As revealed in some sobering statistics shared by Harvard Business Review, over a third of Europeans aged 15 years or older and almost 60% of adult Americans have at least one chronic illness. Examples of chronic illness include arthritis, diabetes, cancer and heart disease.
However, in one study of more than a thousand US-based workers, 60% said that they saw their leaders as unprepared for supporting employees who have a serious medical condition. If you are an employer, you can do the following to reassure a critically ill employee…
Keep your own emotional response in check
When an employee breaks the news to you that they are critically ill, you could initially feel fraught with sadness, worry, fear or frustration. Still, whatever emotions you go through, you need to see these as your responsibility rather than the employee’s.
Through being careful to manage (understandable) emotions like these, you can better position yourself to think straight about how to help the employee with handling their own situation.
Reassess your assumptions about ‘normal’ work
Once an employee has told you that they are suffering from a particular condition, consider what information about it you ought to learn. Reading and researching about this illness could help you to comprehend the employee’s experience.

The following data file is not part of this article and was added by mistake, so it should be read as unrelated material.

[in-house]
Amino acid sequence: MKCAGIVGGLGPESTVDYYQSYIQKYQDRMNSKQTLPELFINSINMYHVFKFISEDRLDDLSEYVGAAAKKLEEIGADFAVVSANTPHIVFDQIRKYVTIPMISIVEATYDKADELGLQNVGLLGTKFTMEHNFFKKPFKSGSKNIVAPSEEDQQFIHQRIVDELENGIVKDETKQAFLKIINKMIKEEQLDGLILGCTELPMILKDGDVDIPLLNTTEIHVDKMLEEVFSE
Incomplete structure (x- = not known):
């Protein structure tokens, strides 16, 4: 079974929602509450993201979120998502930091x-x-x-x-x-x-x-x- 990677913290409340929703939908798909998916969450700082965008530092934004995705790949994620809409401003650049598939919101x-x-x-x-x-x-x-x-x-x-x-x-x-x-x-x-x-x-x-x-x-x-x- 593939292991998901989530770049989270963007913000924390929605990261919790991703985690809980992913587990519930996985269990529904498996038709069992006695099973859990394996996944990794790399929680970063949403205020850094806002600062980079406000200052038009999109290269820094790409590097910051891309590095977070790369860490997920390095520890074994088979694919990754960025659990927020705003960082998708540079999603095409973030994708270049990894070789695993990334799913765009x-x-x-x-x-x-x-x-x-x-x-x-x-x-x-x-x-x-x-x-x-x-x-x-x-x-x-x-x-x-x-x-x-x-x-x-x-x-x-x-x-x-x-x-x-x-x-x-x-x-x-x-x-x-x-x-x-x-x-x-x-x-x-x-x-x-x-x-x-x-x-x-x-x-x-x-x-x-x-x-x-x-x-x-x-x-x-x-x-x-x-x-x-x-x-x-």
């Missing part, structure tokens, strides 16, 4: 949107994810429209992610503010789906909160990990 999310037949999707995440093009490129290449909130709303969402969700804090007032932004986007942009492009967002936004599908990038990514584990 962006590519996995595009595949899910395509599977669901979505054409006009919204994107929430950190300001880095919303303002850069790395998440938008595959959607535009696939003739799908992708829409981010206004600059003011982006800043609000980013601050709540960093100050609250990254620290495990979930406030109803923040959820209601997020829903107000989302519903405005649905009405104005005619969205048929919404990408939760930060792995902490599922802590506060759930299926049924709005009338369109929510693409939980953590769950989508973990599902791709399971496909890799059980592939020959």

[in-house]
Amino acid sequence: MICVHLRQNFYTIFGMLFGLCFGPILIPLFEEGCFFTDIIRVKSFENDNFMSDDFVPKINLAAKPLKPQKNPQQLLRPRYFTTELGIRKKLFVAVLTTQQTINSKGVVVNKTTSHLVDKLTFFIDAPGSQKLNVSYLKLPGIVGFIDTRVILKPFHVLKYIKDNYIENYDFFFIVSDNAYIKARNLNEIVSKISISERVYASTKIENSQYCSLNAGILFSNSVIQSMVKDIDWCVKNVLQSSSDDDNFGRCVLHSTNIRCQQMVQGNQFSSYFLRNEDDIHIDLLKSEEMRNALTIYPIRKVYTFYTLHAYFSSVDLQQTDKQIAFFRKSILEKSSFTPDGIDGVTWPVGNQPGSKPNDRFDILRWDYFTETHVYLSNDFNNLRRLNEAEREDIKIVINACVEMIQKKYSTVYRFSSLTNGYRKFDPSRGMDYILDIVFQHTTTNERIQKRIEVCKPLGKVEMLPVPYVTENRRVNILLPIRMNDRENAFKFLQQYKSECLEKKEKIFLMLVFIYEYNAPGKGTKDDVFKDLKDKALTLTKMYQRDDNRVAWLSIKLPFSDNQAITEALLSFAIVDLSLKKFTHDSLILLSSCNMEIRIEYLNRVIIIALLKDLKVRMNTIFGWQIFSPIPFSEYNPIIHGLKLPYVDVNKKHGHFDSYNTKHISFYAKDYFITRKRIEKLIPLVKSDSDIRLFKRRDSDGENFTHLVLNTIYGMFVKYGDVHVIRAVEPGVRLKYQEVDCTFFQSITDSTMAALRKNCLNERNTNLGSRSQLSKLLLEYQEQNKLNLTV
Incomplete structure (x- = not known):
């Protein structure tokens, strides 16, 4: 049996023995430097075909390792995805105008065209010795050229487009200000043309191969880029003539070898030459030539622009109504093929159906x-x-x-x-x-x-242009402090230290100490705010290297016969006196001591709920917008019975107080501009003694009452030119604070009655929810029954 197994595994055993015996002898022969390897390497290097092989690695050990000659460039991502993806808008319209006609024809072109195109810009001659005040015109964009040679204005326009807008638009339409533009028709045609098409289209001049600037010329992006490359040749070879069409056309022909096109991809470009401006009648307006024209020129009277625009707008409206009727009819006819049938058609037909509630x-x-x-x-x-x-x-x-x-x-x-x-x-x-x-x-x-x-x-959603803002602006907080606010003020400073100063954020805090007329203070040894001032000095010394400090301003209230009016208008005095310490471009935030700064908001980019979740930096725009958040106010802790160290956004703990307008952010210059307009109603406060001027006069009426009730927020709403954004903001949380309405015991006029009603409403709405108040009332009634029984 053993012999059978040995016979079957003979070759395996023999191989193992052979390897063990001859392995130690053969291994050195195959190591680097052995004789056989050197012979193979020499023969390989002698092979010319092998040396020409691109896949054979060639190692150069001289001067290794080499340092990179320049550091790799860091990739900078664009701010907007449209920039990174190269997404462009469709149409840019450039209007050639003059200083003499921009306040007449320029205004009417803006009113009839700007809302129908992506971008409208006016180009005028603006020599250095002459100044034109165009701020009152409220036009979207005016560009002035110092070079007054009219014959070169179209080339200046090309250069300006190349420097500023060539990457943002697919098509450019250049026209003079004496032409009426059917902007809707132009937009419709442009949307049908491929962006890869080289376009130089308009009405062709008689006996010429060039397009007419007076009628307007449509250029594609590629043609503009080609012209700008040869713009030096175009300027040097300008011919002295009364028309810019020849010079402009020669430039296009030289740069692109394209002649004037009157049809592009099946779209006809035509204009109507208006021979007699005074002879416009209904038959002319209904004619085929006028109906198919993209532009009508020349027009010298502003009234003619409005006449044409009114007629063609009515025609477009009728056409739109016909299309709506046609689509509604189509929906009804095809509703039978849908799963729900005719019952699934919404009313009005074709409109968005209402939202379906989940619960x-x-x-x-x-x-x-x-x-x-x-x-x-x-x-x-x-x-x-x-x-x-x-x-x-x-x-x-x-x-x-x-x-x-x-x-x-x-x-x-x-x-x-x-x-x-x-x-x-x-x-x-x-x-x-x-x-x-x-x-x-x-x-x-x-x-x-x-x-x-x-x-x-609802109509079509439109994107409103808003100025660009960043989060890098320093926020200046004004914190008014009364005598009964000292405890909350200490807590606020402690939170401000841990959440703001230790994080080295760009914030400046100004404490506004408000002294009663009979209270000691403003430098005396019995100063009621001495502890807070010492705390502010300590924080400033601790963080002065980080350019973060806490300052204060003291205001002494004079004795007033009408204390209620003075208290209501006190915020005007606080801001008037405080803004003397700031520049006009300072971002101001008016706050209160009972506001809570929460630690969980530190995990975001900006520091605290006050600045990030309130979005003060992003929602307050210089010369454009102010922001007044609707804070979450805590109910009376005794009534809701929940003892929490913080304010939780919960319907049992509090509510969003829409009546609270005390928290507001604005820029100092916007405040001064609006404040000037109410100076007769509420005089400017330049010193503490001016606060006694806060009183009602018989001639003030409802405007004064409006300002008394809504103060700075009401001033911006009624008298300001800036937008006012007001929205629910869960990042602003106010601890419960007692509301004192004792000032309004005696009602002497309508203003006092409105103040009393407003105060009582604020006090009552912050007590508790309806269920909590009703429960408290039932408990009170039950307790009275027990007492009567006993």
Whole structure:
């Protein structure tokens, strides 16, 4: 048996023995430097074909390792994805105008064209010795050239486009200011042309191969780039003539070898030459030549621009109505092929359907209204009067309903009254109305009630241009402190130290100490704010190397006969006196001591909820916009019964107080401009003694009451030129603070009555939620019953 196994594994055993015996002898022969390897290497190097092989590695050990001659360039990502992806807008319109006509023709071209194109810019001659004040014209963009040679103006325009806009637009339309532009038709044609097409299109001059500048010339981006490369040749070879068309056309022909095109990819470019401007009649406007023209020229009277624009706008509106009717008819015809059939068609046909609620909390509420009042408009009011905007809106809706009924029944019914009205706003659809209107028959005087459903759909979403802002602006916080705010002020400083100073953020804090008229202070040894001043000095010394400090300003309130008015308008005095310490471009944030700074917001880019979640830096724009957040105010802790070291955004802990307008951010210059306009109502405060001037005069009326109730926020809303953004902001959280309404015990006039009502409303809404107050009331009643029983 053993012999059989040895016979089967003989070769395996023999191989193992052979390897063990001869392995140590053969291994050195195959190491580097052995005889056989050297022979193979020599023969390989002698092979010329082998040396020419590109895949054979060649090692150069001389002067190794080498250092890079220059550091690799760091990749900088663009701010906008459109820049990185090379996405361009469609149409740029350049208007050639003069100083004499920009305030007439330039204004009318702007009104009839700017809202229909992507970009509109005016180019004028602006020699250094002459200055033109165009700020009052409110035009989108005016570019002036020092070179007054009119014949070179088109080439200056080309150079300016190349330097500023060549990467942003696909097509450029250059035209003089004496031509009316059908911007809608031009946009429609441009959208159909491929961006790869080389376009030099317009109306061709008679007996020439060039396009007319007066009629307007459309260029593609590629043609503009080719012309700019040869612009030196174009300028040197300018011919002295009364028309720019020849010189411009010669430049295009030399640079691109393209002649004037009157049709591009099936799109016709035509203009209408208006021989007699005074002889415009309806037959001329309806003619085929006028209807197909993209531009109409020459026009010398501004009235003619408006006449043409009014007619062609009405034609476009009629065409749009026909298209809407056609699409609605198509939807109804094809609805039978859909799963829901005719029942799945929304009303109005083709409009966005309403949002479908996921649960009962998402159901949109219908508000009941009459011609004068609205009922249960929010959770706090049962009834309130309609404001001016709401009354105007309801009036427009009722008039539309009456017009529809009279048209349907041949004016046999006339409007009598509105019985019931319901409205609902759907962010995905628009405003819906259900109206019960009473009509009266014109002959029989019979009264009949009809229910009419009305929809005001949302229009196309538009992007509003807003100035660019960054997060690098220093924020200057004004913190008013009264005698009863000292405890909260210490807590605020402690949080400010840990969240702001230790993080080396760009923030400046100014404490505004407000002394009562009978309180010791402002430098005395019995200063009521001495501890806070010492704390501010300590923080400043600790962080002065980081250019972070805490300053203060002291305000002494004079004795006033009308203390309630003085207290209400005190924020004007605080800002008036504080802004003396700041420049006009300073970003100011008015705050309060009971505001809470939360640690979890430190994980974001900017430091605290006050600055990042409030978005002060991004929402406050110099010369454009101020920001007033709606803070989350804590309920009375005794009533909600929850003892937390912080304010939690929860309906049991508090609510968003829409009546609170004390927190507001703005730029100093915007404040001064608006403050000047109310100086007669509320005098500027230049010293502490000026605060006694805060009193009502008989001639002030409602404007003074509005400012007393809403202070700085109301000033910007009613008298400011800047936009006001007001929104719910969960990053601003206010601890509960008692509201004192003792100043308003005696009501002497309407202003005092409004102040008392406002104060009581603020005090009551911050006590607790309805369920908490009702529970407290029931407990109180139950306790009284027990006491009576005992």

This, in turn, could ease your efforts to judge what kind of work the employee can still take on. For a chronically ill person, regularly working overtime would be dangerous and potentially even life-threatening.
See if you could bulk out the employee benefits package
Rebecca Nellis, executive director of the nonprofit Cancer and Careers, has uttered in words quoted by Healthline: “People aren’t just driven by a salary [but the whole package]. What do you have in place already? If there are gaps, are there some things you can do to enhance those processes so people know better what to do if a [co-worker gets ill]?”
You could, for example, start offering group critical illness cover for conditions including stroke, dementia and Alzheimer’s disease.
Let people know about the safety nets available
“Companies can think about [how they communicate through] internal communication,” Nellis explains. So, if your own company offers a raft of benefits that would be especially advantageous to employees beset by critical illness, you should bring up regular reminders of those benefits.
“How are you making sure your employees understand the important things [set in place] as safety nets if something were to happen and they need it?” Nellis asks.
Train managers on how to help seriously ill workers
This training ought to include familiarising managers with work practices — like working from home or at flexible hours — that could be made optional for a employee who has revealed details of their adverse health to their boss.
Senior members of your workforce could also be informed of what medical information the ill employee should be asked to share — and with whom. Training that covers all of these subjects would be able to help smooth out inconveniences for both parties in the scenario.